Along with the sudden new desire for cash came a readier ability to abuse oneself for higher wages, a phenomenon that might seem atavistic until we remember the propensity of modern man to do just the same. Between 1760 and 1821, there was a 20 - 23% increase in the amount of labour put into the economy by each worker. In the 1830s people were working 1,500 more hours a year than they do in the 1990s. The 'industrious revolution' consisted in this willingness to work more, discounting leisure time, to gain access to the new world of consumer goods made possible in the first century of Britain's industrialization.

Generally the extra hours did not come from more hours being worked each day, but by abandoning the large number of religious and other holidays which were a traditional part of the British calendar. The most famous was Saint Monday, canonized not for its holy aspects but more for working-men to cope with their hangovers after the Sabbath. New consumption patterns were purchased at the expense of this leisure time, which has led some to argue that the new goods and services people had access to did not amount to an increase in the standard of living because you need time to enjoy goods and services.

However, like protestations that conditions in the cities were just too terrible to be a symbol of progress, the experience of contemporaries belies this claim - people get moving to those awful cities, and people kept working hard to get access to the rewards of the cash economy. Of course, they may have had no choice. But as soon as people became more accustomed to an elevated standard of living and luxuries such as tea, sugar and textiles, they tended to defend this standard by putting in more work when their position was threatened.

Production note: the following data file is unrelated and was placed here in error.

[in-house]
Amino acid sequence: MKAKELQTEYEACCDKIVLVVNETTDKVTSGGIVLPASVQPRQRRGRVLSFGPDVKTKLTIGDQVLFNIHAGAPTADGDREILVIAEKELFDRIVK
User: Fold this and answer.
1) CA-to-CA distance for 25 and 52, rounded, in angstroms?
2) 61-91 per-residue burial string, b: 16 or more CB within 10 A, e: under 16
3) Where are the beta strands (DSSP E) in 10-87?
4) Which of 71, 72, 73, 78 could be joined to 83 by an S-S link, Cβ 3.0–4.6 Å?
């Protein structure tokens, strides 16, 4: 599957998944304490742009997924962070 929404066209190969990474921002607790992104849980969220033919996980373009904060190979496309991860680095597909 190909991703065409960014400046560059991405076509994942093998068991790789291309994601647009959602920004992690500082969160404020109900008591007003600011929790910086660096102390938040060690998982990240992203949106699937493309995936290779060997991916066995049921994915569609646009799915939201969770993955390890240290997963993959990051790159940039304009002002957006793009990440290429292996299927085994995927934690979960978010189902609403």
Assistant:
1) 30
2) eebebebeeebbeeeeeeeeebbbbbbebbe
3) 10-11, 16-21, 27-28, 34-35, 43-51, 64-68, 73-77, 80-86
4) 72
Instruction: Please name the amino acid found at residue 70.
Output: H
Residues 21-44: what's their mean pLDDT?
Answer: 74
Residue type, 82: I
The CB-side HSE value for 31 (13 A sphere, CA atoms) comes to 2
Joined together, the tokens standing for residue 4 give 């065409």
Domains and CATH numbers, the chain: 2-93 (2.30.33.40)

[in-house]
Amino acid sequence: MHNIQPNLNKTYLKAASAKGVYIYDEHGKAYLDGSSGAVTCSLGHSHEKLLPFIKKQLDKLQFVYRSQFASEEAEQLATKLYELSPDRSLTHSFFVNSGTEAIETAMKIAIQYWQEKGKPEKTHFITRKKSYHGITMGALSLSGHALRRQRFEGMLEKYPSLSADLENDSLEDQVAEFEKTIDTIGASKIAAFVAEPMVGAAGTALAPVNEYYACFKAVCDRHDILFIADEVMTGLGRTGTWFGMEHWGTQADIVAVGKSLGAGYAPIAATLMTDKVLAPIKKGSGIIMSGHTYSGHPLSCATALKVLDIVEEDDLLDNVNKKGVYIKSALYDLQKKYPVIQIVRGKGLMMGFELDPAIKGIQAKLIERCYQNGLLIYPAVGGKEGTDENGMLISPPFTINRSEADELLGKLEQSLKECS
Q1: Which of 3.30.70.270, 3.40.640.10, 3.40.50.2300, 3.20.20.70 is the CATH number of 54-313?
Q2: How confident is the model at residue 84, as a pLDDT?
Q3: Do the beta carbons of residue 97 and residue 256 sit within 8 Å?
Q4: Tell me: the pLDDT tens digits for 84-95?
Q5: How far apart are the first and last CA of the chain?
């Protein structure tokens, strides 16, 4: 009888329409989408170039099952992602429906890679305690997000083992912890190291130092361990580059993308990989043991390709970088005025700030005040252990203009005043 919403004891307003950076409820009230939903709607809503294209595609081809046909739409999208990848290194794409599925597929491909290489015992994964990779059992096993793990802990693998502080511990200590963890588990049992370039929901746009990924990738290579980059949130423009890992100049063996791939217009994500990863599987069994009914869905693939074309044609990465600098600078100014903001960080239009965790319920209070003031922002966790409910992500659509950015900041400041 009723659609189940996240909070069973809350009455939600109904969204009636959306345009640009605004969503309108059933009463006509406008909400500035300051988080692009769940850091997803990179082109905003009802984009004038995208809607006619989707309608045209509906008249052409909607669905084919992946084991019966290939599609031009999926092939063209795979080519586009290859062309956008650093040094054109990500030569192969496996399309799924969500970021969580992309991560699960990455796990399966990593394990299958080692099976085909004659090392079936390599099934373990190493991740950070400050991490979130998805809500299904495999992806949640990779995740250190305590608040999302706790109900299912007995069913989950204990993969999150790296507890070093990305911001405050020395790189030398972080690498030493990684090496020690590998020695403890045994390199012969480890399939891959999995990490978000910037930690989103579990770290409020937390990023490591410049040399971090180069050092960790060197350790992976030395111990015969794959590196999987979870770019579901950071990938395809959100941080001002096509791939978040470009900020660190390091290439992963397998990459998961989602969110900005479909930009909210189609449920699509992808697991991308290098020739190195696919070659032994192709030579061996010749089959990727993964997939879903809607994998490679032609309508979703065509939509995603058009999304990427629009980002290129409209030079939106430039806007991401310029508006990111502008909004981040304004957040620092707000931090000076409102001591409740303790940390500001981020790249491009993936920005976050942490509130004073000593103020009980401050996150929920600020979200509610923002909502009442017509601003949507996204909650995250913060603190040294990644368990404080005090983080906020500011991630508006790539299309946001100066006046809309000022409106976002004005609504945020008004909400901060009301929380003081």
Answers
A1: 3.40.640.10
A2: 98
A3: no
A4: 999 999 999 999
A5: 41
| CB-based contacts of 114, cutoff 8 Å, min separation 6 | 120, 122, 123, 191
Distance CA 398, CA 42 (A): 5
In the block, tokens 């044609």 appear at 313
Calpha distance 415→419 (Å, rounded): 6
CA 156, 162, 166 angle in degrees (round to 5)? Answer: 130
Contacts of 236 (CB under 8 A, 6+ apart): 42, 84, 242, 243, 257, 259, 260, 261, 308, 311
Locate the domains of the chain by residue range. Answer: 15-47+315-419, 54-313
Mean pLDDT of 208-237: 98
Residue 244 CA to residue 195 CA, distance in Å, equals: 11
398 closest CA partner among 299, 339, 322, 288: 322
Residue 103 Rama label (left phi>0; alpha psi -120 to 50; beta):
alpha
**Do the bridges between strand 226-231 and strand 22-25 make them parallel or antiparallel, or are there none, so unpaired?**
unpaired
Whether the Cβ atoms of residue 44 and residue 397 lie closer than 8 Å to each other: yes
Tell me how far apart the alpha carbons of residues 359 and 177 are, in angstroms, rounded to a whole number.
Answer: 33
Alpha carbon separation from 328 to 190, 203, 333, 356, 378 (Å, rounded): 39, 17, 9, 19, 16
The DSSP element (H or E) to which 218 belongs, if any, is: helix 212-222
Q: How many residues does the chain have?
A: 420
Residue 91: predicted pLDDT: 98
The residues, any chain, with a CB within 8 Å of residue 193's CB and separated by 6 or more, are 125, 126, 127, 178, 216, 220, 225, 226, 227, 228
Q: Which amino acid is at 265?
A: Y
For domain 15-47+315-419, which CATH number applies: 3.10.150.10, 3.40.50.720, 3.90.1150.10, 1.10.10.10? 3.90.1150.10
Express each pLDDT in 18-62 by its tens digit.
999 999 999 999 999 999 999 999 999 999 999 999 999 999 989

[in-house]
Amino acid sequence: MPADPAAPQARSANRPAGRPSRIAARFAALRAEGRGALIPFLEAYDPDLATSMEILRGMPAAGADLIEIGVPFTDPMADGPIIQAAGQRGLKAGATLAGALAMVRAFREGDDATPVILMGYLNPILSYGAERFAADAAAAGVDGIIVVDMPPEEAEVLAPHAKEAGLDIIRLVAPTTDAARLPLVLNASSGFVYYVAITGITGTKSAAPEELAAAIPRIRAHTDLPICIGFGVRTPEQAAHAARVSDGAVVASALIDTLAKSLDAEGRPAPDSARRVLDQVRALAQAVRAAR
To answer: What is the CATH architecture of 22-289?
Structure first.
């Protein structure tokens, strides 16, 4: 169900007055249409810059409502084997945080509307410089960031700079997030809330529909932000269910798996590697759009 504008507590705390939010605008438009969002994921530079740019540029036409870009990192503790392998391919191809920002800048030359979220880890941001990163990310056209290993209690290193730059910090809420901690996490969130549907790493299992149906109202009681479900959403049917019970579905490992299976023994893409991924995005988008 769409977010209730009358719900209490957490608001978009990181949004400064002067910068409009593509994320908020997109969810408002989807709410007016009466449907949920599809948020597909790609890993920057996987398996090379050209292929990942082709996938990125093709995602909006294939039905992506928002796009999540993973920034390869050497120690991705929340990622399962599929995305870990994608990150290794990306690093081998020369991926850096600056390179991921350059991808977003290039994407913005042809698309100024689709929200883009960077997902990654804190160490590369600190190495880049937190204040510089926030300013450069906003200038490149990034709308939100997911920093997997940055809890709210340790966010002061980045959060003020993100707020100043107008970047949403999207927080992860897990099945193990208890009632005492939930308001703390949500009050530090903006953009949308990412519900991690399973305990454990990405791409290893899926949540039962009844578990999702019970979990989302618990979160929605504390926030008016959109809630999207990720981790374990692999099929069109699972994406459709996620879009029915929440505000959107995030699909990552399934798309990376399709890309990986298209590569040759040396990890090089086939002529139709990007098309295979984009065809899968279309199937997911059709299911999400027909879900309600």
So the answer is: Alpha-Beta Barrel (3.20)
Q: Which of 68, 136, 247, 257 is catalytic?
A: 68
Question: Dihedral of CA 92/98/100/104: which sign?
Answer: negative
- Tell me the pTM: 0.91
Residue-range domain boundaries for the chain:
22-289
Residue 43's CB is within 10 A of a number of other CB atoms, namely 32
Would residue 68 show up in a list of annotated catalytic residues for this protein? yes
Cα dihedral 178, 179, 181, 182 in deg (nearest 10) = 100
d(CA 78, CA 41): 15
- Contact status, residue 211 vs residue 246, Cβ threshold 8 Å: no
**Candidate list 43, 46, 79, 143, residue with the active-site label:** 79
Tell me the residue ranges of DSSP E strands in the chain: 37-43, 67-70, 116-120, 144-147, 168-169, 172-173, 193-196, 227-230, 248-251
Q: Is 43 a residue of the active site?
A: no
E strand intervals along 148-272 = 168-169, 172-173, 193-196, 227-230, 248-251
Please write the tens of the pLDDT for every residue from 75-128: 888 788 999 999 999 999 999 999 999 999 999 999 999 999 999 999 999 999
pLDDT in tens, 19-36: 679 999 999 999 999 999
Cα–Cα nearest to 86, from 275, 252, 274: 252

It is these elevated expectations and the willingness of most to work for them that has given us our culturally-defined notion of poverty, which has nothing to do with the right to the five basic needs (which are assumed as givens), but is rather extended to include anyone who does not have the socially-accepted level of goods that have nothing to do with subsistence and to which most aspire (a television, a car, a varied diet). It was the achievement of the industrial revolution to make the right to the basic needs of life ubiquitous, and to put an elevated standard of living within the reach of all - even if at first it required rather a lot of hard work. Modern Britain is built on the sweat of these toilers as well as the blood of her soldiers.

The two key texts on the matter are Jan de Vries, 'Between purchasing power and the world of goods: understanding the household economy in early modern Europe' in R Porter and J. Brewer (ed.), Consumption and the World of Goods and J. Voth, Time and Work in England. Voth examined Old Bailey court records to see when witnesses reported having being at work, and was able to document the increase in working hours. For further discussion and a more extensive bibliography, see the node the Consumer Revolution.